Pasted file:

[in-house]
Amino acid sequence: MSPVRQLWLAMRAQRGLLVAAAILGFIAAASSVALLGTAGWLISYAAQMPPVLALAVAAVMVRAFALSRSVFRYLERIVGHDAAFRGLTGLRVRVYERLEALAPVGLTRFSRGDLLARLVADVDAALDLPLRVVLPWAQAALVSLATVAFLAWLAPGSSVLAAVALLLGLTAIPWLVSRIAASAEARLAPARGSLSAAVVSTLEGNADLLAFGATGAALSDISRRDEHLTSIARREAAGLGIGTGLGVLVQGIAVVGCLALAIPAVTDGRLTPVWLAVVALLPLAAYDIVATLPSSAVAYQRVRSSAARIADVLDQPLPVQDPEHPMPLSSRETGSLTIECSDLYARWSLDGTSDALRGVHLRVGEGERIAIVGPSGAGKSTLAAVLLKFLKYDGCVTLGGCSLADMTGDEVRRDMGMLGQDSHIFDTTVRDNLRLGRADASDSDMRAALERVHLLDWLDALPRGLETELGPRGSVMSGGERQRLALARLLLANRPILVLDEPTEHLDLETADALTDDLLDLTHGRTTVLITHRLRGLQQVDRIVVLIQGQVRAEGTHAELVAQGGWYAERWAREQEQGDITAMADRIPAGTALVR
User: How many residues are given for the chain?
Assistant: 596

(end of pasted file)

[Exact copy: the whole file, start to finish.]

[in-house]
Amino acid sequence: MSPVRQLWLAMRAQRGLLVAAAILGFIAAASSVALLGTAGWLISYAAQMPPVLALAVAAVMVRAFALSRSVFRYLERIVGHDAAFRGLTGLRVRVYERLEALAPVGLTRFSRGDLLARLVADVDAALDLPLRVVLPWAQAALVSLATVAFLAWLAPGSSVLAAVALLLGLTAIPWLVSRIAASAEARLAPARGSLSAAVVSTLEGNADLLAFGATGAALSDISRRDEHLTSIARREAAGLGIGTGLGVLVQGIAVVGCLALAIPAVTDGRLTPVWLAVVALLPLAAYDIVATLPSSAVAYQRVRSSAARIADVLDQPLPVQDPEHPMPLSSRETGSLTIECSDLYARWSLDGTSDALRGVHLRVGEGERIAIVGPSGAGKSTLAAVLLKFLKYDGCVTLGGCSLADMTGDEVRRDMGMLGQDSHIFDTTVRDNLRLGRADASDSDMRAALERVHLLDWLDALPRGLETELGPRGSVMSGGERQRLALARLLLANRPILVLDEPTEHLDLETADALTDDLLDLTHGRTTVLITHRLRGLQQVDRIVVLIQGQVRAEGTHAELVAQGGWYAERWAREQEQGDITAMADRIPAGTALVR
User: How many residues are given for the chain?
Assistant: 596